Cisco Reports Upbeat Earnings, Despite Supply Constraints

Cisco Hq

By: Mary Jander

This week’s earnings report from Cisco Systems (CSCO) surprised analysts by showing unexpected strengths in meeting key industry demands and challenges.

In its 3Q FY2021 report May 19, Cisco reported $12.8 billion in quarterly revenues, up 7% year-over-year — the first increase in several quarters, bolstered by an extra week of revenue during the quarter. Non-GAAP net income was $3.5 billion, or $.83 earnings per share (EPS). On a non-GAAP basis, total gross margin was 66%, flat year-over-year but still praised by analysts as being among the highest of the vendor's margin reports in 15 years.

Cisco expects the good revenue news to continue, with sales growing 6% to 8% next quarter. Still, Cisco guided down for EPS next quarter. The company expects $.81 to $.83 per share. Gross margins should fall too, between 64% and 65%. On an earnings call with financial analysts, execs blamed the “similar component shortage supply issues as our peers,” which has forced Cisco to start raising prices and post lower gross margins to account for the higher costs of fulfilling demand.

Cisco Shows a Strong Hand

Overall, Cisco’s report showcased the demand that’s growing as a result of widespread digital transformation in the wake of the COVID-19 pandemic. The report also revealed some of Cisco’s surprising strengths in meeting market demand, particularly evident in the following areas:

Campus switching. Growth in Cisco’s infrastructure hardware was led by strong sales of campus switches, reflecting increasingly distributed corporate networking schemes — and echoing similar claims by rival Arista (ANET). “[S]witching revenue increased overall with growth in campus, driven by strong double-digit growth of our Catalyst 9000 products,” said CFO Scott Herren on this week’s call.

Service provider hardware. During the quarter, Cisco saw 17% growth in sales of hardware, particularly routers, to service providers off all kinds — including telcos and hyperscale public cloud providers. That last segment represents progress for Cisco.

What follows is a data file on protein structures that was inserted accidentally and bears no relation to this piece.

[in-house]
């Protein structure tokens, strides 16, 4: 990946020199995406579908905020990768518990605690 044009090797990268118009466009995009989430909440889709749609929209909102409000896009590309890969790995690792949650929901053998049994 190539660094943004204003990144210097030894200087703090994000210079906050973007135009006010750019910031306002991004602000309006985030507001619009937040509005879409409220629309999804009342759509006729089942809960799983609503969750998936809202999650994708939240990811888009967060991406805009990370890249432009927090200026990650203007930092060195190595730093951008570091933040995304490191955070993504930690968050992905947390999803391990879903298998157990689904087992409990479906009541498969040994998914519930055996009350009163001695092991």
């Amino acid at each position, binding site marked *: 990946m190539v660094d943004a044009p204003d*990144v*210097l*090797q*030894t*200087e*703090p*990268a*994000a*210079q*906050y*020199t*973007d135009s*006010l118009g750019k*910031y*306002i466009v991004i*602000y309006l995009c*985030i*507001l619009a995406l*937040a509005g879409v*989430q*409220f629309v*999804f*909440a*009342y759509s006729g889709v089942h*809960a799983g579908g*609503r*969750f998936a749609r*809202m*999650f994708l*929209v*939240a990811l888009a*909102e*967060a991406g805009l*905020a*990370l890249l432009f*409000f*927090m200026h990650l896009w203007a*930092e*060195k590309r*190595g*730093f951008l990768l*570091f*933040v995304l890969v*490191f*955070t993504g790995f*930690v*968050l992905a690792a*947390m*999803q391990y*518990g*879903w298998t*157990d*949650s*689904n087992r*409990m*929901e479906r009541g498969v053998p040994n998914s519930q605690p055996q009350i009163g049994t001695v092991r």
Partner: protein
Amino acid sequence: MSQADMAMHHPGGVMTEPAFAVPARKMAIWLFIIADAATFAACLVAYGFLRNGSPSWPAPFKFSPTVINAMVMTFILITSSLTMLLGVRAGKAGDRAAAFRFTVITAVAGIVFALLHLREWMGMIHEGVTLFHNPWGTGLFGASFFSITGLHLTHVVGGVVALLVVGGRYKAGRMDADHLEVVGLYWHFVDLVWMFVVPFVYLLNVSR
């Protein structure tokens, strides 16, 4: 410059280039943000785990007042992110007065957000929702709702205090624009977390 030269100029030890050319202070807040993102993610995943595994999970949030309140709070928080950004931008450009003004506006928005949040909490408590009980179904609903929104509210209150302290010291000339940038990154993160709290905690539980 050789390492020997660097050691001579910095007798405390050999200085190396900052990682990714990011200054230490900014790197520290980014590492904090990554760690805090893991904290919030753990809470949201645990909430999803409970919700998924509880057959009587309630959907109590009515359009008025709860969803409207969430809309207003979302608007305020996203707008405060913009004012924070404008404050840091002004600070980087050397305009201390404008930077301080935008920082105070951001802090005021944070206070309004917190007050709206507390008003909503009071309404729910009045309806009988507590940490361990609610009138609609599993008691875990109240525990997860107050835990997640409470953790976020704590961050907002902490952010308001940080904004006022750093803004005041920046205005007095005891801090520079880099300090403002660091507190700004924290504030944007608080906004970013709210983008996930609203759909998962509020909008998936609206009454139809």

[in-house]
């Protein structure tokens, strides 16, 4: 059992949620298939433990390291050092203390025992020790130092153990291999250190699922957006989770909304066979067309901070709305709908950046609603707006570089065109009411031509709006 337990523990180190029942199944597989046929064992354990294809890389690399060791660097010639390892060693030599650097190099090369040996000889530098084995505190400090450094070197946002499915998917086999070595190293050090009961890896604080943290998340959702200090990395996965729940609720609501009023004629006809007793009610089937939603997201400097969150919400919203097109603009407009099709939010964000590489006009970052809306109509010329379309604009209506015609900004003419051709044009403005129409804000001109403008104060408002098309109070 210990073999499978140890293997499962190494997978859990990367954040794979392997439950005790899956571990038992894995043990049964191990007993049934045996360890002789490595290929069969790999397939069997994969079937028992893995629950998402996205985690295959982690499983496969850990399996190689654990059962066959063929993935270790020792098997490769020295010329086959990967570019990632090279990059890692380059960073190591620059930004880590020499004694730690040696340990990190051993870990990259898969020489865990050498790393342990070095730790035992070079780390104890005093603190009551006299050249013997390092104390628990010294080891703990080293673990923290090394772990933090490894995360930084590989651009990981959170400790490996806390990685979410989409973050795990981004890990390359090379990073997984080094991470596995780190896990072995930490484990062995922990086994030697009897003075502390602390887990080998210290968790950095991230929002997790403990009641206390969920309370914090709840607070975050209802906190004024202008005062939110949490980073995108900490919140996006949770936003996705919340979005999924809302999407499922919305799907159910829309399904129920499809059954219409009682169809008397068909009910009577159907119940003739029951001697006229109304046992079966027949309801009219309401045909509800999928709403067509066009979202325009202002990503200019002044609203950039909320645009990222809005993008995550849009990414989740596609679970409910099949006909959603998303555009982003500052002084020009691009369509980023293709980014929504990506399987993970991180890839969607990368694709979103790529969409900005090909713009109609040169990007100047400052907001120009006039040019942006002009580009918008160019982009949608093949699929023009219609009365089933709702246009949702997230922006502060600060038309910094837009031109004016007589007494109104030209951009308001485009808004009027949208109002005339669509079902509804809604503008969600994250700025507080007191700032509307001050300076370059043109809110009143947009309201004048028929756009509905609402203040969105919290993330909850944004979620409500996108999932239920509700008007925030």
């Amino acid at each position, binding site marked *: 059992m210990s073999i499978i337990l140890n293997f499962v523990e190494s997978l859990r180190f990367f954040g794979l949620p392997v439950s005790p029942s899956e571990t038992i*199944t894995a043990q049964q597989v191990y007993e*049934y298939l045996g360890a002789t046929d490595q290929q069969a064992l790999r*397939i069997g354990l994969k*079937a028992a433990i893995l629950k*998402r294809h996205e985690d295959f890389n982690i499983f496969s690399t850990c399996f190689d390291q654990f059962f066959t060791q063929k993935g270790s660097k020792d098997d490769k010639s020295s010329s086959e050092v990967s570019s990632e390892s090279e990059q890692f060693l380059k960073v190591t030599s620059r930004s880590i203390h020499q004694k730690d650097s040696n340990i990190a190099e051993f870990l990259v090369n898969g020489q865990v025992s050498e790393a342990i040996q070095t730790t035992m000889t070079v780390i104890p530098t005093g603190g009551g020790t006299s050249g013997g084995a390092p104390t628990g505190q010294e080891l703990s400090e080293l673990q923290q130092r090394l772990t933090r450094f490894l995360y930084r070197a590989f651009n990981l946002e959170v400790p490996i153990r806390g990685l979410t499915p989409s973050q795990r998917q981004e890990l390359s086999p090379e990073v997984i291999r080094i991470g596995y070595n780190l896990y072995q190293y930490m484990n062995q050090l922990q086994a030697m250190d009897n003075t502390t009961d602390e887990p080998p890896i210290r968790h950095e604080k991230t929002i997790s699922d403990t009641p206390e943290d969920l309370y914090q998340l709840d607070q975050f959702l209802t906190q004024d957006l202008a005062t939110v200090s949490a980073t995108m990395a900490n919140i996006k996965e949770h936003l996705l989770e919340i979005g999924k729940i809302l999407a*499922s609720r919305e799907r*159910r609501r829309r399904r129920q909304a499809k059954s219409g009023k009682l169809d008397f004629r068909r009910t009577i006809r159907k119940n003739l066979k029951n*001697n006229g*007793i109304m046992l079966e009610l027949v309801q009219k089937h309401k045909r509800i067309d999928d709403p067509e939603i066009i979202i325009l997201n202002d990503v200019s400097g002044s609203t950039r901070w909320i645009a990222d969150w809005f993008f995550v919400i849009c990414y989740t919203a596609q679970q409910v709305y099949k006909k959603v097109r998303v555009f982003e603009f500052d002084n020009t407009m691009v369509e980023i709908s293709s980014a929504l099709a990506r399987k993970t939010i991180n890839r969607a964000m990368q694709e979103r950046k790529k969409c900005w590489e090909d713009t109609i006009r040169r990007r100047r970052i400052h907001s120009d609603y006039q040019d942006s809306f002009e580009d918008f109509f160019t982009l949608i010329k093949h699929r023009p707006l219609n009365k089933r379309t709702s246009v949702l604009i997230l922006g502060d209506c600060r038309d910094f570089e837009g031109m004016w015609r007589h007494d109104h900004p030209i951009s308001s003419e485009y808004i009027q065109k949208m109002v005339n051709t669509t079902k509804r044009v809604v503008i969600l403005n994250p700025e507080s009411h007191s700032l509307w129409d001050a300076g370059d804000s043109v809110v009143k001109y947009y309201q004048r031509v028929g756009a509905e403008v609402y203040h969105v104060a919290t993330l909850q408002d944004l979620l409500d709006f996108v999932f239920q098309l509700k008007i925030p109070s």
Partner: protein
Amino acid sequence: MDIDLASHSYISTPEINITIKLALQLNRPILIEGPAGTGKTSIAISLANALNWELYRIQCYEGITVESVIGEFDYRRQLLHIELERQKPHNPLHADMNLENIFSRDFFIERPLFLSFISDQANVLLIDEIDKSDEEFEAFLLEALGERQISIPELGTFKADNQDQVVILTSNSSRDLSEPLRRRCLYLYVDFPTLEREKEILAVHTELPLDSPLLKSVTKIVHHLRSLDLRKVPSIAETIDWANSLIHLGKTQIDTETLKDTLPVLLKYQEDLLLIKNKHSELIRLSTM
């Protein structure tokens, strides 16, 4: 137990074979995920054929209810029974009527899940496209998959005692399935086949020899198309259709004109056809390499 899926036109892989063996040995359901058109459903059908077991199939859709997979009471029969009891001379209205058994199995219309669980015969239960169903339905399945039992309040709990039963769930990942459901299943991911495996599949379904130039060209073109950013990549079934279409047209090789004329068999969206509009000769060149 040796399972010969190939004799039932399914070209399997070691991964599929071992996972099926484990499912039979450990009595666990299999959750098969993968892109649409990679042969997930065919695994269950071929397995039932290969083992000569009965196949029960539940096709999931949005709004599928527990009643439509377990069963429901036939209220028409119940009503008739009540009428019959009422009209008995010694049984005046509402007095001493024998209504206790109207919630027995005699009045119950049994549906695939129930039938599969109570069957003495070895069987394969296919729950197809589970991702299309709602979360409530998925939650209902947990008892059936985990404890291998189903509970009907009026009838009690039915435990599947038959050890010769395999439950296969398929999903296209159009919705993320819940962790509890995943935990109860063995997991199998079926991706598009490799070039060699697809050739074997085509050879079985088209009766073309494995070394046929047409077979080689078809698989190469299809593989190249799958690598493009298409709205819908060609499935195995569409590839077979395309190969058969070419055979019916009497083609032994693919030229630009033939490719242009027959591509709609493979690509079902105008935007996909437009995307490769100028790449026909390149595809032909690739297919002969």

”[W]e didn't play in the web-scale space five years ago,” said Cisco CEO Chuck Robbins on the earnings call. “And now … that was almost a quarter of our service provider business again this quarter and … it grew over 25% this quarter against a quarter a year ago that was in excess of 70% growth. So it's still accelerating.”

Software and service subscriptions. Cisco is moving toward offering more software and services on a subscription basis. “Software revenue was $3.8 billion and subscriptions were 81% of total software revenue, up 7 points year on year,” said CFO Herren. Service revenue, which also is billed on a recurring basis, was up 8% for a total of $3.7 billion. Total product revenue, for the record, was $9.1 billion, up 6%.

Silicon One. Instead of sticking to its initial intent to create routing chips, Cisco has pivoted — successfully, it seems — to offering multiple flavors of switch chips to webscale cloud providers. At least one analyst sees this move as positive. “Cisco’s strategy appears to be working…. The traction with Silicon One provides another validation of [Cisco’s] investment in hardware,” stated Simon Leopold and colleagues at Raymond James in a note.

Cisco Predicts the Future

Throughout this week’s call, Cisco execs cited several trends they see building in the markets they serve:

Security. “We had a record quarter [in security], surpassing $875 million in revenue, up 13%,” said CEO Robbins. “100% of the Fortune 100 are using Cisco security solutions. These customers are increasingly deploying our zero-trust and … SASE architectures…”

400G. Cisco claims to have grown its customer list for 400-Gbit/s Ethernet products by 50% last quarter, chiefly among webscale cloud providers. But Robbins acknowledges it’s early days for the technology, which remains a long-term growth driver.

5G. “[O]ur carrier customers are exploring new architectures to realize the full potential of 5G,” said Robbins. Things are starting to play out in 5G, he said, though it remains another long-term driver.

WiFi 6. Cisco sees a range of applications for advanced WiFi. “Customers are turning to us to help them create the trusted workplace of the future with WiFi access points, video endpoints, cameras, and IoT sensors,” said Robbins. “We are enabling operations teams to remotely monitor workplace conditions for a safe return to office.” He also sees a link between WiFi 6 and campus switching, underscoring the migration to distributed remote sites for many enterprises.

Overall, Cisco’s report drew positive analyst response. In a note titled “Not Your Father’s Cisco,” MKM Partners executive director Fahad Najam wrote: “Mgmt's confident tone and the solid underlying demand trends offer strong support for our view that investors have not fully appreciated the transformation CSCO has undertaken over the past four years under the leadership of CEO Mr. Chuck Robbins.”

It looks as though Cisco may have turned a corner. Still, the same market forces driving Cisco sales are pushing revenue for other players. Archrival Juniper (JNPR) is focusing on automation and AI and recently released a compelling SASE solution. Newcomers abound in all the areas Cisco addresses. But gauging by this report, Cisco has gained new momentum to compete.